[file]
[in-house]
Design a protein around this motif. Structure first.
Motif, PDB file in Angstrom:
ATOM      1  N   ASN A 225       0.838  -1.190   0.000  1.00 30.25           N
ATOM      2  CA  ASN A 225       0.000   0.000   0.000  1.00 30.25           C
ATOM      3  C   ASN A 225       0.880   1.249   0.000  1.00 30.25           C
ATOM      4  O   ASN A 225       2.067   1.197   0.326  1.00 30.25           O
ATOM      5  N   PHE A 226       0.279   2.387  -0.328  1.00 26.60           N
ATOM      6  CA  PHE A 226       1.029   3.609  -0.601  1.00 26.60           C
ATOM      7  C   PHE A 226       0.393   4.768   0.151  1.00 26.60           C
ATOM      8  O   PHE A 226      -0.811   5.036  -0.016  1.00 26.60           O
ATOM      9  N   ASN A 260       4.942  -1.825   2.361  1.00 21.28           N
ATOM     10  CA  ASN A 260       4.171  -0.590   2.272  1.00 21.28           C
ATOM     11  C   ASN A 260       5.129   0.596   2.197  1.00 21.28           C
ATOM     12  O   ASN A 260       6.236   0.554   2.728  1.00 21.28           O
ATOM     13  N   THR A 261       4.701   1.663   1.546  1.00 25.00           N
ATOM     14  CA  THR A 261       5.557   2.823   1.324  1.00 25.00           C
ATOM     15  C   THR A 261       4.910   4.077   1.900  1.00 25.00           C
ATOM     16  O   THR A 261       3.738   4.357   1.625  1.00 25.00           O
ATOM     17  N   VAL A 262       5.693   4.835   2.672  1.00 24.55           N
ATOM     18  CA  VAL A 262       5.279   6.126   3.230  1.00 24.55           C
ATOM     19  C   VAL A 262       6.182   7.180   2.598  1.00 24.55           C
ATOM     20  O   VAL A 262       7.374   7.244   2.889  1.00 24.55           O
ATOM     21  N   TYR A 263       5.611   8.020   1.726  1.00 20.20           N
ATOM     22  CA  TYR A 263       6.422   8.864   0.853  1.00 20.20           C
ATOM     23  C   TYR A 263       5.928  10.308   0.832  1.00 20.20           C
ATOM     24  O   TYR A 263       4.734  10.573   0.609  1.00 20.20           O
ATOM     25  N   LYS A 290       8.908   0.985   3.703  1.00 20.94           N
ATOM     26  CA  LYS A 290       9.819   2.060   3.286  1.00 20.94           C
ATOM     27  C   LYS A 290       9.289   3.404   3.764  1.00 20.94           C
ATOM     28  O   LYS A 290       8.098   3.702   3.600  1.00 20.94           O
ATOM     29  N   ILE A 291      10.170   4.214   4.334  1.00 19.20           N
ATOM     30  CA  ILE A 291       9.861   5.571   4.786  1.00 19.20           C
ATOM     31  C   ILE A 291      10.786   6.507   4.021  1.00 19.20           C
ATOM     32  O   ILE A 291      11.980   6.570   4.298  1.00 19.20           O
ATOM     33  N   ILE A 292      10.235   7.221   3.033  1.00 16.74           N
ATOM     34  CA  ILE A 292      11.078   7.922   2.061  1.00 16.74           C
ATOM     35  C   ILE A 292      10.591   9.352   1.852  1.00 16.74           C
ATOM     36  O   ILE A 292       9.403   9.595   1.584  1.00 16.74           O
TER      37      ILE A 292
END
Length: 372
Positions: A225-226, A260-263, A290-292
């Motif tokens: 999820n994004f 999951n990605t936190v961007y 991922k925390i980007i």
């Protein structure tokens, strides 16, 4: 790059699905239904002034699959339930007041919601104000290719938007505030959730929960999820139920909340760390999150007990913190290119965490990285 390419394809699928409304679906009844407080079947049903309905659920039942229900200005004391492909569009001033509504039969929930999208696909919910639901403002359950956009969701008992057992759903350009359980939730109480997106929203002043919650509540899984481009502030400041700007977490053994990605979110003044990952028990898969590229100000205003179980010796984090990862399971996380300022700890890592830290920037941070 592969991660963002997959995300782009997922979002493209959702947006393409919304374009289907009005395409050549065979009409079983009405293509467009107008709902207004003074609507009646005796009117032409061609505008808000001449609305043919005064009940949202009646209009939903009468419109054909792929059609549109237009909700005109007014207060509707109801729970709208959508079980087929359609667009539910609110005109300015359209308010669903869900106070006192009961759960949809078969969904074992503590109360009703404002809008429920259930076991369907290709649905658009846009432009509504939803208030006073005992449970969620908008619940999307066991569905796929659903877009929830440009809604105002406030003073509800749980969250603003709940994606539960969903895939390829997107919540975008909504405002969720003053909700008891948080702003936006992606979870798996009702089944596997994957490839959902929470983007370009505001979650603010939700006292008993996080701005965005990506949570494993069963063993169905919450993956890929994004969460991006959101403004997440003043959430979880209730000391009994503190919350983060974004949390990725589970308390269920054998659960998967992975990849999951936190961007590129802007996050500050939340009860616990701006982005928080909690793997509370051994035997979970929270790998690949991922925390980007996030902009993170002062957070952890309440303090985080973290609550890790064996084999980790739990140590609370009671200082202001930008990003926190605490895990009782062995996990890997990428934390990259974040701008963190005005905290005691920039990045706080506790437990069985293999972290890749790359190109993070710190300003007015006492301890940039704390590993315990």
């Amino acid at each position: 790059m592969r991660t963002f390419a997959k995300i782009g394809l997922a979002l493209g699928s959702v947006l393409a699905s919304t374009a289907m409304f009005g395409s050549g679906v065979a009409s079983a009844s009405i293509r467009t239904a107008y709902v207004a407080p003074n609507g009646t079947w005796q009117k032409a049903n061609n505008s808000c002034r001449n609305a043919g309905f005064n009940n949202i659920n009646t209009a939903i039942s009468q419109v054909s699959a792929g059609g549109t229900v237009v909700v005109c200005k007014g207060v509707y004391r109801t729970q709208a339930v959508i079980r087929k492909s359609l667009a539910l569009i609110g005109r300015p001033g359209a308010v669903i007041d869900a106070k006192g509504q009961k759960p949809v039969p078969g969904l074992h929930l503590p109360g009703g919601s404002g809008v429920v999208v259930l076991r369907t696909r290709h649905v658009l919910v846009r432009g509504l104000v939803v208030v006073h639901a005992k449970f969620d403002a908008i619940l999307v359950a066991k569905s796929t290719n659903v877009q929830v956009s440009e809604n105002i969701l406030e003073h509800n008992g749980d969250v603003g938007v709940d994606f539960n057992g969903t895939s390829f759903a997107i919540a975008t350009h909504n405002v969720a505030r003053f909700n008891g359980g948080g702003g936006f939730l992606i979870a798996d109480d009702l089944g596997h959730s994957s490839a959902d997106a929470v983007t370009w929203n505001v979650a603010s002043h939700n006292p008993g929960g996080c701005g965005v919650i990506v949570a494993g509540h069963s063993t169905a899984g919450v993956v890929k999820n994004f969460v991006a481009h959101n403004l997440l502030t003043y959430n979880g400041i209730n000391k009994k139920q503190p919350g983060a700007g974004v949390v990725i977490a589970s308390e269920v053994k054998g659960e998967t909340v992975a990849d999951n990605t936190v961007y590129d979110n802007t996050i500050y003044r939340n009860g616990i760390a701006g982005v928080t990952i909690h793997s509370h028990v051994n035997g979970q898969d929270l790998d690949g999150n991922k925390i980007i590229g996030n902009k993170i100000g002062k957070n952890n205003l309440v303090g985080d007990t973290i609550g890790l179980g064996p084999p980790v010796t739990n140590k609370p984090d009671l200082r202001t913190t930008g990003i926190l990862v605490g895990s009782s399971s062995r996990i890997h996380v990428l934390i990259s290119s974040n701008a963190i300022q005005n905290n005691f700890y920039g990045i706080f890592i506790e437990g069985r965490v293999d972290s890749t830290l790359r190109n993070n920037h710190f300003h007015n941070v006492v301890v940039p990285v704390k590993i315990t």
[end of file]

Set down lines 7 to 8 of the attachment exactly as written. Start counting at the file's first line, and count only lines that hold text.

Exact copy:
ATOM      4  O   ASN A 225       2.067   1.197   0.326  1.00 30.25           O
ATOM      5  N   PHE A 226       0.279   2.387  -0.328  1.00 26.60           N